Many people are forced to ask the question at one point or another: What does it mean when your gums are white? Like any medical condition, it can be somewhat unnerving to wake up and find something to be off about your body. What is the cause of pale gums? Is it dangerous? What can you do to treat it?

White gums are a symptom of several medical conditions, so it’s a good idea to see a dentist or other medical professional to determine exactly what’s affecting if you if there’s doubt. However, many of these conditions are easy to spot, with some having reliable home treatments you can use to mitigate symptoms (though, again, a medical professional should always be the first choice for more serious conditions). Let’s examine what white gums could mean and how you might be able to treat them.

dental procedure looking at inside gum with mirror tool

What Is the Cause of White Gums?

As mentioned previously, white gums can be a symptom of several medical conditions. While most are relatively easy to manage, some are more serious and will require medical aid. For this reason, it is best to consult a dentist or doctor if you are at all unsure of what your condition may be, or if something feels wrong.

Pulled Teeth

One of the most common causes for white gums is having a tooth pulled. If you’ve recently lost a tooth or had one pulled by a dentist, the space where it once sat may appear pale or white. This is due to the trauma of having a tooth removed from that area of your gums and should return to normal within a few days provided there is no serious injury or issue.

Tooth Whitening

White gums could also be the result of chemical teeth whitening. For several hours after a whitening treatment, it is not uncommon for a patient’s gums to have whitened. This is perfectly normal and your gums will return to normal usually by the end of the day at the latest.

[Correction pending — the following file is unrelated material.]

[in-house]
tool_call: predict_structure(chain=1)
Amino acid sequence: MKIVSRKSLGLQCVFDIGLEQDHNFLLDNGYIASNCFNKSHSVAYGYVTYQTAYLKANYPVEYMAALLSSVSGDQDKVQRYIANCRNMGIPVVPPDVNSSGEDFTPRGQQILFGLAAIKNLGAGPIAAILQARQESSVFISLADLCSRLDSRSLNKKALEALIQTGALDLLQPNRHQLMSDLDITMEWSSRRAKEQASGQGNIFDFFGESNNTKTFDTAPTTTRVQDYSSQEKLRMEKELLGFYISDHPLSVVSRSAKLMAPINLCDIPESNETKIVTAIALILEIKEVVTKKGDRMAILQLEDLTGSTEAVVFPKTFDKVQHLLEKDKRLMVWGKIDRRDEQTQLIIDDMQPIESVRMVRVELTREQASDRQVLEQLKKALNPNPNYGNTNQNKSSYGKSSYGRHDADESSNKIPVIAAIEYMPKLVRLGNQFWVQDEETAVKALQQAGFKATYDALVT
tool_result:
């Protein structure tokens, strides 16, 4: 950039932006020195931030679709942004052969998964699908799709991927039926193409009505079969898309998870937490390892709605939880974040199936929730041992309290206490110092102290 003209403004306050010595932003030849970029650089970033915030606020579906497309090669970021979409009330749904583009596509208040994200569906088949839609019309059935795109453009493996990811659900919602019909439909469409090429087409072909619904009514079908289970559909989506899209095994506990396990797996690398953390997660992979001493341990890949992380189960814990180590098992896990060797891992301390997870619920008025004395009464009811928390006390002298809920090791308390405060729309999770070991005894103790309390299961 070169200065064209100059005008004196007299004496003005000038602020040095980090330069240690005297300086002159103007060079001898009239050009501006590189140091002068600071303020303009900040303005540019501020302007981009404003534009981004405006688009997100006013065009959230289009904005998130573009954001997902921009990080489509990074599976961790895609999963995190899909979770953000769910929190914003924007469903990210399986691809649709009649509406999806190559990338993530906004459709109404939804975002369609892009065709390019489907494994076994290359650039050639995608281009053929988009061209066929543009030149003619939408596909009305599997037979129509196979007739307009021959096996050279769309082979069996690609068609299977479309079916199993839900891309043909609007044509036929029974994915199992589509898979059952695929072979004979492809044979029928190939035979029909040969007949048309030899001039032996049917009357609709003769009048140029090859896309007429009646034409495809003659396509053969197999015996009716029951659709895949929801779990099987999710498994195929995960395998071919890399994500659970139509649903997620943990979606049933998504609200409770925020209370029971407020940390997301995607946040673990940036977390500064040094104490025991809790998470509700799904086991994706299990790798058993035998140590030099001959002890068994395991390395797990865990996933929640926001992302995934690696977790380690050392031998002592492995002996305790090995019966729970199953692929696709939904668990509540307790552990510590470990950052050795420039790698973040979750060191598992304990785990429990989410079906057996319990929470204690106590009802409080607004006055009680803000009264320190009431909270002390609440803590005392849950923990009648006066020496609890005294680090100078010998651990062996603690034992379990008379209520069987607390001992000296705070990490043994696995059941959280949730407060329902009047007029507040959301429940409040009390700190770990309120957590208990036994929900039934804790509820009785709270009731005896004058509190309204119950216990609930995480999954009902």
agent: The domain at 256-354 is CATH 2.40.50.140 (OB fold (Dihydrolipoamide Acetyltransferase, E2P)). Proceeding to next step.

Oral Candidiasis (Thrush)

As for diseases, one ailment that can cause gum whitening is oral candidiasis, aka thrush. Thrush is a mild yeast infection that occurs on the inside of the mouth and tongue, including gums. The infection can look either white or red and generally affects toddlers and infants, though is rarely very serious.

Leukoplakia

Leukoplakia is a condition that causes thick patches of white flesh on the inside of the mouth. Most commonly caused by smoking, these patches are often tough and painful, sometimes appearing hairy due to how thick they can become. Rarely, there may be red spots on these patches, which may be a sign of oral cancer.

Oral Cancer

Oral cancer itself could be a reason for white gums. It’s often identified through small bumps across the gums, either white, red, or flesh colored. However, oral cancer may not display any symptoms, making it hard to detect in certain instances and critical that you see a dentist should you suspect there is even a chance of a serious oral condition.

Gingivitis

Gingivitis might also be the cause of white gums. It is an infection that happens due to poor tooth care allowing the buildup of bacteria in the mouth. If this is the case, the gums will likely have receded and often bleed when brushed or flossed. They might also appear inflamed in areas and teeth may have loosened.

Canker Sores

Canker sores refer to a form of ulcer found in the mouth. While they do not turn large portions of the gum white, the large bumps they cause are often yellow or white in the center, giving portions of the mouth a white coloration.

Anemia

Finally, anemia is another cause of gum whiteness. Anemia is simply a lack of oxygenated blood to an area of the body; in this case, the gums. Various issues can cause anemia, from blood loss to vitamin deficiencies to certain diseases. If anemia is the cause of gum whiteness, it will be apparent in that other portions of your body will likely be pale, as well, and various other symptoms like weakness, dizziness, and irregular heartbeat will be present.

Possible Quick Solutions for White Gums